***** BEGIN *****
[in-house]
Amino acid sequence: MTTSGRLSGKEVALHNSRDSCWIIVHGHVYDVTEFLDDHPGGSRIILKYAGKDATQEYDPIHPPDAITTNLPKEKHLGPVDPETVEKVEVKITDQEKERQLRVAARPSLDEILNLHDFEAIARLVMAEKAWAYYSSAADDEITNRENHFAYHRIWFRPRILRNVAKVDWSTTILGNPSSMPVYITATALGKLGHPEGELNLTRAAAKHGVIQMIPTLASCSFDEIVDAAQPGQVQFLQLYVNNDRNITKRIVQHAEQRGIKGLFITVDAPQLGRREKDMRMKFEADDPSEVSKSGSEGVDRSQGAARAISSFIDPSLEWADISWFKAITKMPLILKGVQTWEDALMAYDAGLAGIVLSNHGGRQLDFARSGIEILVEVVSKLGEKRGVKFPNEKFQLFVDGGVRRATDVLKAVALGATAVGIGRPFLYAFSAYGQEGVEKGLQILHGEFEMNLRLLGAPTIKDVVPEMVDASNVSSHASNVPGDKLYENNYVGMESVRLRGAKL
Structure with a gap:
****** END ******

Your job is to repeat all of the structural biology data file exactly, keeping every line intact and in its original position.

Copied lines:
[in-house]
Amino acid sequence: MTTSGRLSGKEVALHNSRDSCWIIVHGHVYDVTEFLDDHPGGSRIILKYAGKDATQEYDPIHPPDAITTNLPKEKHLGPVDPETVEKVEVKITDQEKERQLRVAARPSLDEILNLHDFEAIARLVMAEKAWAYYSSAADDEITNRENHFAYHRIWFRPRILRNVAKVDWSTTILGNPSSMPVYITATALGKLGHPEGELNLTRAAAKHGVIQMIPTLASCSFDEIVDAAQPGQVQFLQLYVNNDRNITKRIVQHAEQRGIKGLFITVDAPQLGRREKDMRMKFEADDPSEVSKSGSEGVDRSQGAARAISSFIDPSLEWADISWFKAITKMPLILKGVQTWEDALMAYDAGLAGIVLSNHGGRQLDFARSGIEILVEVVSKLGEKRGVKFPNEKFQLFVDGGVRRATDVLKAVALGATAVGIGRPFLYAFSAYGQEGVEKGLQILHGEFEMNLRLLGAPTIKDVVPEMVDASNVSSHASNVPGDKLYENNYVGMESVRLRGAKL
Structure with a gap: